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Journal Article

Allosteric control of oxidative catalysis by a DNA rotaxane nanostructure

MPS-Authors

Valero,  Julian
external;
Max Planck Fellow Chemical Biology, Center of Advanced European Studies and Research (caesar), Max Planck Society;

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Famulok,  Michael
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Max Planck Fellow Chemical Biology, Center of Advanced European Studies and Research (caesar), Max Planck Society;

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Citation

Centola, M., Valero, J., & Famulok, M. (2017). Allosteric control of oxidative catalysis by a DNA rotaxane nanostructure. Journal of the American Chemical Society, 139(45), 16044-16047. doi:10.1021/jacs.7b08839.


Cite as: http://hdl.handle.net/21.11116/0000-0001-7923-0
Abstract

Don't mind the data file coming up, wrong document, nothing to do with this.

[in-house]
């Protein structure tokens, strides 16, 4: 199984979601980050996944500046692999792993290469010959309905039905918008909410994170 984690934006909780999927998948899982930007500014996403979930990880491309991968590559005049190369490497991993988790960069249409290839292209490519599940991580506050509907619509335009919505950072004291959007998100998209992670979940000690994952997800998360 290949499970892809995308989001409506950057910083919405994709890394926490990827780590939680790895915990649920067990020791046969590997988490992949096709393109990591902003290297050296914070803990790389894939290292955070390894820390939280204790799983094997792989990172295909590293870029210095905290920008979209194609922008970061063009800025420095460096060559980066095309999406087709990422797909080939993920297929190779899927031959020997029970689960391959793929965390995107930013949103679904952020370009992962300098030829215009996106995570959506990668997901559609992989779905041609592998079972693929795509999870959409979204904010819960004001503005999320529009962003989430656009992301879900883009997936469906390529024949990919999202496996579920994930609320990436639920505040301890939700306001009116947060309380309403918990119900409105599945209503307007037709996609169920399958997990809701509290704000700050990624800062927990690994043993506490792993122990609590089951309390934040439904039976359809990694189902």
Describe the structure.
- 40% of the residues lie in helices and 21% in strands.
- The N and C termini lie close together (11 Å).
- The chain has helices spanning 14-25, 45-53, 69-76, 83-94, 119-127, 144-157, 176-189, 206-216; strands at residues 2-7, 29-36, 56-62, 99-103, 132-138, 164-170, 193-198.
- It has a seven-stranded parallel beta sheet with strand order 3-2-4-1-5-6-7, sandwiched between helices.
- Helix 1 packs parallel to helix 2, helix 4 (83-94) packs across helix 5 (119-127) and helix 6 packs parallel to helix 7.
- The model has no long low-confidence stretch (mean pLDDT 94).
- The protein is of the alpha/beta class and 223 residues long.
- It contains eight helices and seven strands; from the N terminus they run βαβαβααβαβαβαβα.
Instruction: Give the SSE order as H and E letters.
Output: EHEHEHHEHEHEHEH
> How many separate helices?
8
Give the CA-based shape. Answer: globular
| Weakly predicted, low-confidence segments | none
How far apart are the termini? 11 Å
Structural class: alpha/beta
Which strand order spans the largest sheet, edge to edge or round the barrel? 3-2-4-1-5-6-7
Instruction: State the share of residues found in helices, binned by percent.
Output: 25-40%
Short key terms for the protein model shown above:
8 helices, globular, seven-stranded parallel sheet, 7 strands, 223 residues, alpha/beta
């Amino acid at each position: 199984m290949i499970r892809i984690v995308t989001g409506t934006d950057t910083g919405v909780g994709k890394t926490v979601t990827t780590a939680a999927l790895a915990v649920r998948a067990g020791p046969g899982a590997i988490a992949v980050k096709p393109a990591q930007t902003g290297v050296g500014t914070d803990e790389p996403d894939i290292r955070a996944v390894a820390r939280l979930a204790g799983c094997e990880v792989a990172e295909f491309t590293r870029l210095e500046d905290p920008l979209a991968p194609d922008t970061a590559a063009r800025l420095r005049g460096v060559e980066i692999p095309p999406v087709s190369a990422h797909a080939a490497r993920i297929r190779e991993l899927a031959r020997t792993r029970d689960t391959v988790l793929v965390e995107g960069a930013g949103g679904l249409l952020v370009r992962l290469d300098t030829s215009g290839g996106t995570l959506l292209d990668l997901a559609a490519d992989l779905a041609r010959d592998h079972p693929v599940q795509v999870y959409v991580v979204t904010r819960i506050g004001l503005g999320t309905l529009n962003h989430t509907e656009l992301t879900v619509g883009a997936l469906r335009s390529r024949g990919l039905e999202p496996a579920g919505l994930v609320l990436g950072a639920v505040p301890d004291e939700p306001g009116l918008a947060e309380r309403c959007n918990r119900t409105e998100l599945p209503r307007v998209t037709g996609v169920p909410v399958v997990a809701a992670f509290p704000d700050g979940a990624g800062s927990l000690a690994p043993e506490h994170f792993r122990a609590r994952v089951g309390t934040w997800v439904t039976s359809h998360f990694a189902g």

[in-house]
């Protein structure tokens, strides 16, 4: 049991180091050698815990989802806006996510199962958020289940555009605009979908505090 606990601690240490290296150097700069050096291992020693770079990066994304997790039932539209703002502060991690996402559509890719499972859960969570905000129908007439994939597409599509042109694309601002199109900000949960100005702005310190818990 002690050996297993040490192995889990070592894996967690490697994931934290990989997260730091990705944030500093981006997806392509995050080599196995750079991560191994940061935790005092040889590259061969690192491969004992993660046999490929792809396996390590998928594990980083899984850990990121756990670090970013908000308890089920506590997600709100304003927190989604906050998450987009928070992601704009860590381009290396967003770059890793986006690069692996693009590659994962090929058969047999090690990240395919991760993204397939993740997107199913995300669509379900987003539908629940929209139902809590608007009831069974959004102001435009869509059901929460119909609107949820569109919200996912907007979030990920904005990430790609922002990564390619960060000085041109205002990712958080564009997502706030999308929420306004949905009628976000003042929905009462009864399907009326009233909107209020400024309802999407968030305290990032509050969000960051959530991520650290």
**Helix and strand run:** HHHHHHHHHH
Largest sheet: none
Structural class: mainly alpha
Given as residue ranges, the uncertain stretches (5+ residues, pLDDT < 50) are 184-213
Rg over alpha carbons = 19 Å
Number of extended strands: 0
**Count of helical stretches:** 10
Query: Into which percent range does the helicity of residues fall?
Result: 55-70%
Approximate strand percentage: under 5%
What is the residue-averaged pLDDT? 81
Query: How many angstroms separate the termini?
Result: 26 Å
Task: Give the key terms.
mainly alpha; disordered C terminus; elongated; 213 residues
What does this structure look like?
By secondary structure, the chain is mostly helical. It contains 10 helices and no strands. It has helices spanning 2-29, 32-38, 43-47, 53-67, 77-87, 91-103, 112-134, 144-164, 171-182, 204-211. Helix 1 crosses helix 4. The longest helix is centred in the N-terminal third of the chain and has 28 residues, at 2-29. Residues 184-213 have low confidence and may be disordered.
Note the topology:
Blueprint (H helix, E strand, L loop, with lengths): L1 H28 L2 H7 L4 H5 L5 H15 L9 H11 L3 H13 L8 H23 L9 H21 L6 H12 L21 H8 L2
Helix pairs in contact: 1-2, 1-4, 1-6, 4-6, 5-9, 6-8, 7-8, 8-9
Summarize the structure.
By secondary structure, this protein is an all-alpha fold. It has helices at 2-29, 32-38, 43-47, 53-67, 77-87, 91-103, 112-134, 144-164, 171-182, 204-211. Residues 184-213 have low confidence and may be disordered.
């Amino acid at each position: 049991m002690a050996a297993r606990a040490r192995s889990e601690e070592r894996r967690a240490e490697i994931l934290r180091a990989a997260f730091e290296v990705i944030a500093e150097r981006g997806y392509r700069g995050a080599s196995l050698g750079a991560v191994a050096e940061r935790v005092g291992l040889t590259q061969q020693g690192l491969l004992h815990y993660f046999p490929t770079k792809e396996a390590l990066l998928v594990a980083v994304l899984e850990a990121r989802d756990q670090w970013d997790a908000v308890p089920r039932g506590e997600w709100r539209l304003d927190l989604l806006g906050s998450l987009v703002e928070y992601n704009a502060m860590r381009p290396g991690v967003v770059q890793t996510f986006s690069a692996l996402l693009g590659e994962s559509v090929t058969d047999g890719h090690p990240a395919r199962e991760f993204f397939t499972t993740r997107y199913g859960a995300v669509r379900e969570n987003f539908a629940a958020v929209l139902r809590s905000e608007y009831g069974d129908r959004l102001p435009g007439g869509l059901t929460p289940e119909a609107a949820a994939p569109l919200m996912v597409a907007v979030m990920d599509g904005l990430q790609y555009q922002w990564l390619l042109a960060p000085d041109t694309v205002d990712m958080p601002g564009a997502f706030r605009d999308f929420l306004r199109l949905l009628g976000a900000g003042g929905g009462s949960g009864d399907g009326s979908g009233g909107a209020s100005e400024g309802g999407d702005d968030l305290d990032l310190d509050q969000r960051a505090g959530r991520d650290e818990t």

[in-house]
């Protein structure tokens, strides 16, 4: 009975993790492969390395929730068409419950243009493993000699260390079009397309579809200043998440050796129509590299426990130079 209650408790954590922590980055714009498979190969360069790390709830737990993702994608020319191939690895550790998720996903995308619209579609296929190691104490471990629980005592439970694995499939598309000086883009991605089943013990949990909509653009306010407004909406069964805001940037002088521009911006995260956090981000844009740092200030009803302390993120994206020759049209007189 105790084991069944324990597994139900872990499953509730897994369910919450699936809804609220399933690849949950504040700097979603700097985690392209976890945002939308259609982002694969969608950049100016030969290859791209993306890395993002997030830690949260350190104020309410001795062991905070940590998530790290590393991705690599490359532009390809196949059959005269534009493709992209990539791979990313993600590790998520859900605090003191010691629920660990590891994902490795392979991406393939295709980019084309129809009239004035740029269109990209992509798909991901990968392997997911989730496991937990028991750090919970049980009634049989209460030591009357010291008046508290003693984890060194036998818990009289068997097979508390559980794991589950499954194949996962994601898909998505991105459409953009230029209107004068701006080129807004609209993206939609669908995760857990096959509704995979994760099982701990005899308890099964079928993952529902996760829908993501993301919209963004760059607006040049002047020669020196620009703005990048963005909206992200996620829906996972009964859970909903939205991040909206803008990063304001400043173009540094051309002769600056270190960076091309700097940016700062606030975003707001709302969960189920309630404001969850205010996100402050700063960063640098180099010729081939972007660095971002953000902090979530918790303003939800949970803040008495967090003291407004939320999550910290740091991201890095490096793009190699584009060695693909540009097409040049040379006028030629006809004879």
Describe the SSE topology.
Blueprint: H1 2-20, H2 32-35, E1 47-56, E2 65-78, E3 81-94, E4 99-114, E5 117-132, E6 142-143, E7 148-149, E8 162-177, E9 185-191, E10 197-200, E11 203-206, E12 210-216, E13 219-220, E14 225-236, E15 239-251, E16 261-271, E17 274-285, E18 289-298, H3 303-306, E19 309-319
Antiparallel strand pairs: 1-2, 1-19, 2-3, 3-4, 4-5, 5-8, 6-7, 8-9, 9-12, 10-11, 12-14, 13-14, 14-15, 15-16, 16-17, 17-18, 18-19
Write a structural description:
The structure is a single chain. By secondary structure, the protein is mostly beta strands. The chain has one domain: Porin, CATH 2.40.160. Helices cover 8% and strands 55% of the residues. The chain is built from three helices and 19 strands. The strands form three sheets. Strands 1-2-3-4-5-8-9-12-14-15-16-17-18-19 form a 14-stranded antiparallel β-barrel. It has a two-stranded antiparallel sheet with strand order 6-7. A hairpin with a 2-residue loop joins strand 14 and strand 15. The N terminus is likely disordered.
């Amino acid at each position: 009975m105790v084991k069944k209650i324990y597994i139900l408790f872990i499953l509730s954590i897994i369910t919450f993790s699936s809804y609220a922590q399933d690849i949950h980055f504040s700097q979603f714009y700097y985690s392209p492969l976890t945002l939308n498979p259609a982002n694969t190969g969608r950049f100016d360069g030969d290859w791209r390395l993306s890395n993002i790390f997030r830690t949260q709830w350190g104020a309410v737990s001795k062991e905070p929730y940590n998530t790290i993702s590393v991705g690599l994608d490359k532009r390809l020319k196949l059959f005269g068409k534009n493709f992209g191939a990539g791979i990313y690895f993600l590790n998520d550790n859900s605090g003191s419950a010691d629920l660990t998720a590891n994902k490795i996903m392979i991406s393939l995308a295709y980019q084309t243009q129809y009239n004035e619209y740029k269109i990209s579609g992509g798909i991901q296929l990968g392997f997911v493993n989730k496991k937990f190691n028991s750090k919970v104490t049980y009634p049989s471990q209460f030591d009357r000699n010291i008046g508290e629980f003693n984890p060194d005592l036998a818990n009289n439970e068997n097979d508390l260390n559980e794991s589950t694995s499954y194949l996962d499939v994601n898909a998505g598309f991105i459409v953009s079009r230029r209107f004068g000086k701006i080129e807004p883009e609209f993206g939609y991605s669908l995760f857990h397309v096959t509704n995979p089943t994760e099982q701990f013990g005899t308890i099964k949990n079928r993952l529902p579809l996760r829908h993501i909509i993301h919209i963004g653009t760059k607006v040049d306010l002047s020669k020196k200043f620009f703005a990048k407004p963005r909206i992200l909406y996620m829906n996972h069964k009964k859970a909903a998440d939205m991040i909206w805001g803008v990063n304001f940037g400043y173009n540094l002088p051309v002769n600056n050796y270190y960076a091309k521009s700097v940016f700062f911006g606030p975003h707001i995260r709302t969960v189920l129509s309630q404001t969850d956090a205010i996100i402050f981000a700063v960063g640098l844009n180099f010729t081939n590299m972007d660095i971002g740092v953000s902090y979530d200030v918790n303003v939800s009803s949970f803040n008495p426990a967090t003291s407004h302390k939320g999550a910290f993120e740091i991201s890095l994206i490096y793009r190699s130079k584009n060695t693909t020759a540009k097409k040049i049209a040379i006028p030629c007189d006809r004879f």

DNA is a versatile construction material for the bottom-up assembly of structures and functional devices in the nanoscale. Additionally, there are specific sequences called DNAzymes that can fold into tertiary structures that display catalytic activity. Here we report the design of an interlocked DNA nanostructure that is able to fine-tune the oxidative catalytic activity of a split DNAzyme in a highly controllable manner. As scaffold, we employed a double-stranded DNA rotaxane for its ability to undergo programmable and predictable conformational changes. Precise regulation of the DNAzyme's oxidative catalysis can be achieved by external stimuli (i.e., addition of release oligos) that modify the spatial arrangement within the system, without interfering with the catalytic core, similar to structural rearrangements that occur in allosterically controlled enzymes. We show that multiple switching steps between the active and inactive conformations can be performed consistent with efficient regulation and robust control of the DNA nanostructure.